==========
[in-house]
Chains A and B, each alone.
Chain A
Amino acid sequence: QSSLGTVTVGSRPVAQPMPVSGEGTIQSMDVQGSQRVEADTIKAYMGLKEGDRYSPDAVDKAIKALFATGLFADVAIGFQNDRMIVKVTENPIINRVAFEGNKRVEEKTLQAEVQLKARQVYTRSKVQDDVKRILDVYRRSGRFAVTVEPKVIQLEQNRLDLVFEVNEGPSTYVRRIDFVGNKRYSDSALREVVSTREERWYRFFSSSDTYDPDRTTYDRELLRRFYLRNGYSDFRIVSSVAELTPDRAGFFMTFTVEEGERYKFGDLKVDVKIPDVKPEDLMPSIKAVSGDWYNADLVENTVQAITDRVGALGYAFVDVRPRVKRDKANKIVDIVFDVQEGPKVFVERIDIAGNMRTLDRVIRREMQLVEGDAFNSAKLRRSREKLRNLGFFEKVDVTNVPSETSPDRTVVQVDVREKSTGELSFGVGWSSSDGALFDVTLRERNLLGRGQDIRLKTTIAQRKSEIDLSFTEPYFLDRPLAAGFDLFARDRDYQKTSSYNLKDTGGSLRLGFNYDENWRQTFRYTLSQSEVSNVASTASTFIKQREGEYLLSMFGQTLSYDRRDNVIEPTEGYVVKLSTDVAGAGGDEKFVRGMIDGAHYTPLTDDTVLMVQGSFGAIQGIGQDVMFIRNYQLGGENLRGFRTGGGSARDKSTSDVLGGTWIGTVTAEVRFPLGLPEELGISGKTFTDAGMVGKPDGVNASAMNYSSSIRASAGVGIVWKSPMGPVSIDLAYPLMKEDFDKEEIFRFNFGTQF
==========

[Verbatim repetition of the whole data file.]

[in-house]
Chains A and B, each alone.
Chain A
Amino acid sequence: QSSLGTVTVGSRPVAQPMPVSGEGTIQSMDVQGSQRVEADTIKAYMGLKEGDRYSPDAVDKAIKALFATGLFADVAIGFQNDRMIVKVTENPIINRVAFEGNKRVEEKTLQAEVQLKARQVYTRSKVQDDVKRILDVYRRSGRFAVTVEPKVIQLEQNRLDLVFEVNEGPSTYVRRIDFVGNKRYSDSALREVVSTREERWYRFFSSSDTYDPDRTTYDRELLRRFYLRNGYSDFRIVSSVAELTPDRAGFFMTFTVEEGERYKFGDLKVDVKIPDVKPEDLMPSIKAVSGDWYNADLVENTVQAITDRVGALGYAFVDVRPRVKRDKANKIVDIVFDVQEGPKVFVERIDIAGNMRTLDRVIRREMQLVEGDAFNSAKLRRSREKLRNLGFFEKVDVTNVPSETSPDRTVVQVDVREKSTGELSFGVGWSSSDGALFDVTLRERNLLGRGQDIRLKTTIAQRKSEIDLSFTEPYFLDRPLAAGFDLFARDRDYQKTSSYNLKDTGGSLRLGFNYDENWRQTFRYTLSQSEVSNVASTASTFIKQREGEYLLSMFGQTLSYDRRDNVIEPTEGYVVKLSTDVAGAGGDEKFVRGMIDGAHYTPLTDDTVLMVQGSFGAIQGIGQDVMFIRNYQLGGENLRGFRTGGGSARDKSTSDVLGGTWIGTVTAEVRFPLGLPEELGISGKTFTDAGMVGKPDGVNASAMNYSSSIRASAGVGIVWKSPMGPVSIDLAYPLMKEDFDKEEIFRFNFGTQF